Saturday, December 11, 2010

Second Saturday of Advent

Honor Your Mother

ext to the "Godhead, Father, Son, and holy Spirit, every Catholic cherishes a fond devotion to the Blessed Mother of God.

This devotion is really a part of our lives.  That is to say, we grew up with it!  As children we were attached to an earthly mother, and by her tender care and solicitude we were taught at her knee to pray to God's heavenly Mother, and to say:  "Hail Mary, full of grace -- pray for us sinners."  Whenever our little minds attempted to comprehend the dignity of Mary, we always associated her with what was best in our own mothers.

We judge the unknown in terms of the known.  As children we thought of God's Mother in terms of our own mothers.  Hence, we gradually came to picture Mary as containing all the beautiful traits of earth's finest mothers.  We saw mothers who kept nightly vigil over sickbeds, we saw their utter sacrifice as they wiped away sweat from fevered brows and soothed parched lips with moistened linen.  Thus, we began to understand a little better the sufferings of Mary, God's Mother, at the foot of the cross.  We noted that earthly mothers never spoke of self, never seemed to ask anyone to share their aches and pains.  Thus, gradually we learned the lessons of Christian patience and forbearance.

We always associated Mary with the best of earthly mothers, for we pictured the Mother of God as the epitome of all that was best in motherhood.

Then came the dawn of further knowledge and an increase of grace, as we were instructed in revealed things.  We were taught that Mary was singularly privileged above all other mothers -- that she was immaculately conceived.  Thus, it was we learned the meaning of the Church's doctrine of the Immaculate Conception.  And then we thought of Mary not as our imagination would have painted her, but as God made her according to His own eternal designs -- immaculately conceived, born without even the slightest stain of original sin and preserved by His all-holy grace, spotless and immaculately pure forever!

It was fittingly so, for how could God's Mother be dishonored by sin?  God would never permit anything to come between Him and his Mother, which is just another way of saying that He preserved her from all stain by the foreseen merits of the Redemption.


To Our Lady, today, we may pray and say --

O Mary, immaculately conceived without sin, we pray you by all the virtues you possess to intercede for us that we may save our immortal souls.  When the weakness of the Fall of our first parents is evident in our nature, and we are prone to evil, protect us and lead us back to God.  When the darkness of sin overshadows our path, guide our footsteps.  Mary, your body and your Immaculate Conception reminds us of the beautiful monstrance to which the people of our churches contribute their gold and precious treasures of earth.  For as Christ, the Babe of Bethlehem, is raised to bless our hearts, those who gave these things can say, "I helped in the benediction."  Mary, your body was the resting place of Jesus Christ.  Like a beautiful vessel of gold that enshrines its God, your holy abode was foreseen by the Creator from all eternity and was prepared and preserved from all stain and all blemish that it might raise up over all the world Him who is at once your Son and Redeemer -- Our Lord and Saviour, Jesus Christ.  You are truly a vessel of gold -- house of God -- gate of heaven at Christmas time.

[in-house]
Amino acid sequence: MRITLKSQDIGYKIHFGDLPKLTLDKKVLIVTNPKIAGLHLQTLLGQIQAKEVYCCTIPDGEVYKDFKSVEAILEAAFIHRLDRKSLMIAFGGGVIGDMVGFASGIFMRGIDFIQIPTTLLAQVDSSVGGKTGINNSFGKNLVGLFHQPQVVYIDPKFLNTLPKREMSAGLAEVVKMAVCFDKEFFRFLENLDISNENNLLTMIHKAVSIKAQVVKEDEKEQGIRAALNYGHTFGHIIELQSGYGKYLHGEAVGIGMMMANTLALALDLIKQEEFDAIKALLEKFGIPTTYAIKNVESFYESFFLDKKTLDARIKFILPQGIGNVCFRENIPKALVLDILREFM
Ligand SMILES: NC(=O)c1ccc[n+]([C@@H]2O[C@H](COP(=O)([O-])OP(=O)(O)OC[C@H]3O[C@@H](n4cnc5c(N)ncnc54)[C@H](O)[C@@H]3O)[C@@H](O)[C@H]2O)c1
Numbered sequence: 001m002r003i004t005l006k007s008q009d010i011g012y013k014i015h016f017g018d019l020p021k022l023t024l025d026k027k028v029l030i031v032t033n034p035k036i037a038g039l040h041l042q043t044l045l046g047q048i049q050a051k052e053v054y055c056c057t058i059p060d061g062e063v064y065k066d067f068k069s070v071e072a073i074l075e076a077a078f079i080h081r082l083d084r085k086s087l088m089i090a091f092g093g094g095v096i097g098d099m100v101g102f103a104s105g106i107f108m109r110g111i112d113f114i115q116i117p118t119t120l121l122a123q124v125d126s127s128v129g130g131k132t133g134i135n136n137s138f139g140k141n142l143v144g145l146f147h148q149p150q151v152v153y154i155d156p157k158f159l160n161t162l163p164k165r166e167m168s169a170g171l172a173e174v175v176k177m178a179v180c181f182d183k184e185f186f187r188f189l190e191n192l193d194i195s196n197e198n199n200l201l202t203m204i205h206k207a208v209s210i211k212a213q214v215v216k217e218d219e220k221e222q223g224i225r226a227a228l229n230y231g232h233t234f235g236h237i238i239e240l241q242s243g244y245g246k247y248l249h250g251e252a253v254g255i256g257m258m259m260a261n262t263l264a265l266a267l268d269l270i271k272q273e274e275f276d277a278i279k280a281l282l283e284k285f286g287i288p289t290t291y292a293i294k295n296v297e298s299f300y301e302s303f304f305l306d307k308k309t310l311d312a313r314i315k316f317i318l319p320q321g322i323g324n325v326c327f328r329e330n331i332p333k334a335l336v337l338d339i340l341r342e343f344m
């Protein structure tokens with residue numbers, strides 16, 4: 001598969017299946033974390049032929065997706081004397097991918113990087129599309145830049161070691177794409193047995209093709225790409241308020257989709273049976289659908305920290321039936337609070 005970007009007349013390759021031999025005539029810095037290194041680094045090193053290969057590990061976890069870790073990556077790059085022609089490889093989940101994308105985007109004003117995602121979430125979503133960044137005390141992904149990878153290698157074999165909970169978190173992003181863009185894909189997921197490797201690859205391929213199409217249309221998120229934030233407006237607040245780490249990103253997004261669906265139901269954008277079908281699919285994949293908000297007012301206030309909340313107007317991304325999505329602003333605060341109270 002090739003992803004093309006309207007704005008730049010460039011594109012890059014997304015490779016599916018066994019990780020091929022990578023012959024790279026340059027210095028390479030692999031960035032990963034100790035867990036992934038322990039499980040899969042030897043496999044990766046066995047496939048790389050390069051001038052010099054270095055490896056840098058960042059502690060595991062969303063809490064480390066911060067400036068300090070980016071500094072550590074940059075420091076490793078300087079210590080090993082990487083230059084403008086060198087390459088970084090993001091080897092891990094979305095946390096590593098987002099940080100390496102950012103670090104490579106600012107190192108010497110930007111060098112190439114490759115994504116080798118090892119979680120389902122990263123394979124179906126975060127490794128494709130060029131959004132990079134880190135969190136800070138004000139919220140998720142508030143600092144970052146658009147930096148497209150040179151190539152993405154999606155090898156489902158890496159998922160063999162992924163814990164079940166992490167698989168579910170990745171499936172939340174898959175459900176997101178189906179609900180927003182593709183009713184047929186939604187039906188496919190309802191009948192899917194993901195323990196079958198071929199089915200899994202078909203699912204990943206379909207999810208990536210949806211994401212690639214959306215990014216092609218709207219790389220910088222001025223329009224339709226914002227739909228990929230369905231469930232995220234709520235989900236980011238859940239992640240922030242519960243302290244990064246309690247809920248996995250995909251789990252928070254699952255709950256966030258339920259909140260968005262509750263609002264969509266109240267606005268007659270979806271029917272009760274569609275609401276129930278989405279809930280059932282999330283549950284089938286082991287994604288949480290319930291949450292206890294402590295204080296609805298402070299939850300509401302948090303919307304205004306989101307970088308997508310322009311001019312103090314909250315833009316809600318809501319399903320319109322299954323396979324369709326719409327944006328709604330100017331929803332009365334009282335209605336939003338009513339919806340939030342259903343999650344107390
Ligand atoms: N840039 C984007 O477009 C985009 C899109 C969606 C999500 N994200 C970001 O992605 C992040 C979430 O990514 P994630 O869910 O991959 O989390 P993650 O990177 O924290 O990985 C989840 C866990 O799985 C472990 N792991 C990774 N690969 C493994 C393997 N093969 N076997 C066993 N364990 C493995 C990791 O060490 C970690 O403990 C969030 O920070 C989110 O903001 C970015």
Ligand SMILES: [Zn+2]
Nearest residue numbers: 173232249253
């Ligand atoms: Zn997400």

Mary, we honor God by recalling the spotless dignity of your Immaculate Conception.  We pray that we may really be convinced of the fact that humanity is not so much "fallen" as it is "redeemed," that we are not so prone to evil that we cannot be uplifted and become filled with the spirit of God's grace.  Do you, Mary, remind us again and again, whenever the tide of human passion rises like a mountainous sea -- to look up -- to see Christ and you -- and to say:  "Jesus, help.  Mary, pray.  O Mary, conceived without sin, pray for us who have recourse to you."